A Different Life

Not only do my parents talk to me everyday of ‘a different life’, but they also make me wish that I lived in that time and era.

When I was 7 years old, I made a project for school titled ‘Iraq’, it was probably the thing I was most proud of during my childhood. My sister helped me write it, in fact I remember she brought out a massive textbook which included details about Iraq’s weather, condition, wealth, geography and population. In one part of my project, I had written ‘The roads in Iraq used to be beautiful, but now they are destroyed because of the war.’

At the time, I didn’t really understand what the ‘war’ was or why Iraq’s condition had deteriorated so much. And to be honest, I still don’t. Was it bad luck? Had someone cursed the country that my parents had told me so many wonderful stories about? Or was it destined for Iraq from the beginning of time? Was it her fate to fall so hard, to crash into millions of tiny pieces? She was once an ethereal creature, glowing in the dark, shining so brightly with her jewels of raw materials and flickering vividly with the fire and oil she had burning inside of her.

But now, she is withered, and dark, and full of so much destruction that one can’t even fathom how she became to be like this.

Perhaps we could argue that the country fell because of the actions of the people themselves and that we -humankind- are the ultimate cause for its downfall, because if it wasn’t for the selfish actions of a small minority of people, Iraq would not be in the poor state it is in today.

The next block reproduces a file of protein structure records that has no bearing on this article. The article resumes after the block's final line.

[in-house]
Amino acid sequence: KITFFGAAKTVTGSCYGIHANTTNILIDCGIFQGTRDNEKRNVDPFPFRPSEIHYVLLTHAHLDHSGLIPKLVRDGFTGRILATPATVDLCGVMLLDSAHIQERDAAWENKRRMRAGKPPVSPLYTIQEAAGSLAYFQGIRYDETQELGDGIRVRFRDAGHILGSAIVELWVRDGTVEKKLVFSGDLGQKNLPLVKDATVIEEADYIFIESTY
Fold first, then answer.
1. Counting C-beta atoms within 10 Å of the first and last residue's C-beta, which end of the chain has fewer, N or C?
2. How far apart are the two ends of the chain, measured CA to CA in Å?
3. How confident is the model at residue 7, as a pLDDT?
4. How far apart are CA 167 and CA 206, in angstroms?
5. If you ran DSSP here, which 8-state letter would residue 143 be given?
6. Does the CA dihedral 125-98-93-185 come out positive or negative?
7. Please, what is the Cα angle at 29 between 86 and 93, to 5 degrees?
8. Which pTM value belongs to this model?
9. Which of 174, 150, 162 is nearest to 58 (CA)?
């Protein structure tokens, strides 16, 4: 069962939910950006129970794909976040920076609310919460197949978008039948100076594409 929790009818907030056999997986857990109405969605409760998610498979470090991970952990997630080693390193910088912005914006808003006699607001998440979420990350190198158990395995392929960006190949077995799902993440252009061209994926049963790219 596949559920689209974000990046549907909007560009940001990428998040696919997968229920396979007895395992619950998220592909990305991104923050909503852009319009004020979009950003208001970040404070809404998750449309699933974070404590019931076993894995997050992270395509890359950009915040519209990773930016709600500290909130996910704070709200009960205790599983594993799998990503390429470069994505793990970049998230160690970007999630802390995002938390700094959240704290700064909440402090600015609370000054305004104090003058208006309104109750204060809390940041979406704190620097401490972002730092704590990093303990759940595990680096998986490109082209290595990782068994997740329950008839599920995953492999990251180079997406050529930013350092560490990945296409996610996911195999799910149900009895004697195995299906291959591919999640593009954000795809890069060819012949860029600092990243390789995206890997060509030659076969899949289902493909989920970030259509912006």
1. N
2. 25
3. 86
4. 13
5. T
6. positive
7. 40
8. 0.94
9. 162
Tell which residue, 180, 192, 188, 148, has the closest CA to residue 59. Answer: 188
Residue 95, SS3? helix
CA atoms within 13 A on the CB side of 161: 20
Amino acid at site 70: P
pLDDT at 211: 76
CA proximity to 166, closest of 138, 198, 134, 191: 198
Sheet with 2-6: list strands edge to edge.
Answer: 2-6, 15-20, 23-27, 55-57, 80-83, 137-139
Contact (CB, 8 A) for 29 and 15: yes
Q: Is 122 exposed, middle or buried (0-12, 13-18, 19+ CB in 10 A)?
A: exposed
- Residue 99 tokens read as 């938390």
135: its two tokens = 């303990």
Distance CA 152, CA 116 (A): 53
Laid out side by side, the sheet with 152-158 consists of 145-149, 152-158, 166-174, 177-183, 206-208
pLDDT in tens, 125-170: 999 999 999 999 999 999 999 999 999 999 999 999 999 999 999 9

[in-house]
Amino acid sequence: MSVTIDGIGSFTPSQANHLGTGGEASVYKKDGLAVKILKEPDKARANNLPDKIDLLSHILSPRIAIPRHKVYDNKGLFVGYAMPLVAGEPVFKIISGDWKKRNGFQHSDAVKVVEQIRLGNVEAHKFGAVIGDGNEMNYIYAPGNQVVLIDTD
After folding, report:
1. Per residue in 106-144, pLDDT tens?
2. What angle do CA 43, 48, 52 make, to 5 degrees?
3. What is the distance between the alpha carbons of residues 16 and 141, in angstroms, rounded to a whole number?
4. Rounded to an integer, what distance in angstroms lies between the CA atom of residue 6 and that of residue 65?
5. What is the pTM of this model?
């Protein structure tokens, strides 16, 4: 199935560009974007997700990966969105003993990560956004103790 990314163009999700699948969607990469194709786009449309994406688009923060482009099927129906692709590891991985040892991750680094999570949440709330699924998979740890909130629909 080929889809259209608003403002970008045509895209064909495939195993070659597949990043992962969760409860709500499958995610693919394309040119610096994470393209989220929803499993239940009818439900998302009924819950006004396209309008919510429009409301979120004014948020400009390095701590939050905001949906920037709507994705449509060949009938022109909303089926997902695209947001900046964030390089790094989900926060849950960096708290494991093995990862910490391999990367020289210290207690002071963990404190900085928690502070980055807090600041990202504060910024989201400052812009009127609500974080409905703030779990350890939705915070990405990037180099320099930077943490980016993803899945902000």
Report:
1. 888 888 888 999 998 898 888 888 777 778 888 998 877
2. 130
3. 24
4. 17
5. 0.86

People say that my country was once one of the richest countries in the world. With it’s powerful army and strong government, it ruled in the Middle East. The language of Arabic made the tongues of the people living there seem so full of wisdom and grace. But now, the people speak a harsh language, they curse and mock others, they have become bitter, with a tongue that whips and snaps just because of their broken heart.

My mother tells me of a different life, where education was so strong that Iraq’s schools and Universities were considered to be one of the best in the world.

My father tells me of a different life, where there was an organised system in Iraq, where people knew what they were doing, where there was no chaos lingering in the very core of Iraq.

My uncle tells me of a different life, where religion was strong and blissful, and the people believed their lives were blessed.

My family tell me of a life where there was peace in my country, where people dying everyday was not something common at all.

I’m not saying that my country was ever perfect or completely beautiful as it had its flaws as all things do, but it was a happier place, where love and hope and joy still existed.

I don’t know what it’s like to belong to a country that is powerful and strong as I was not born in that era. But I’m lucky enough to have heard the insightful stories of how it used to be.

I wait for the day that I can hear the words ‘Peace in Iraq has been restored’.

I wait for the day where I will no longer hear the phrase ‘a different life’ but instead ‘our life has returned.’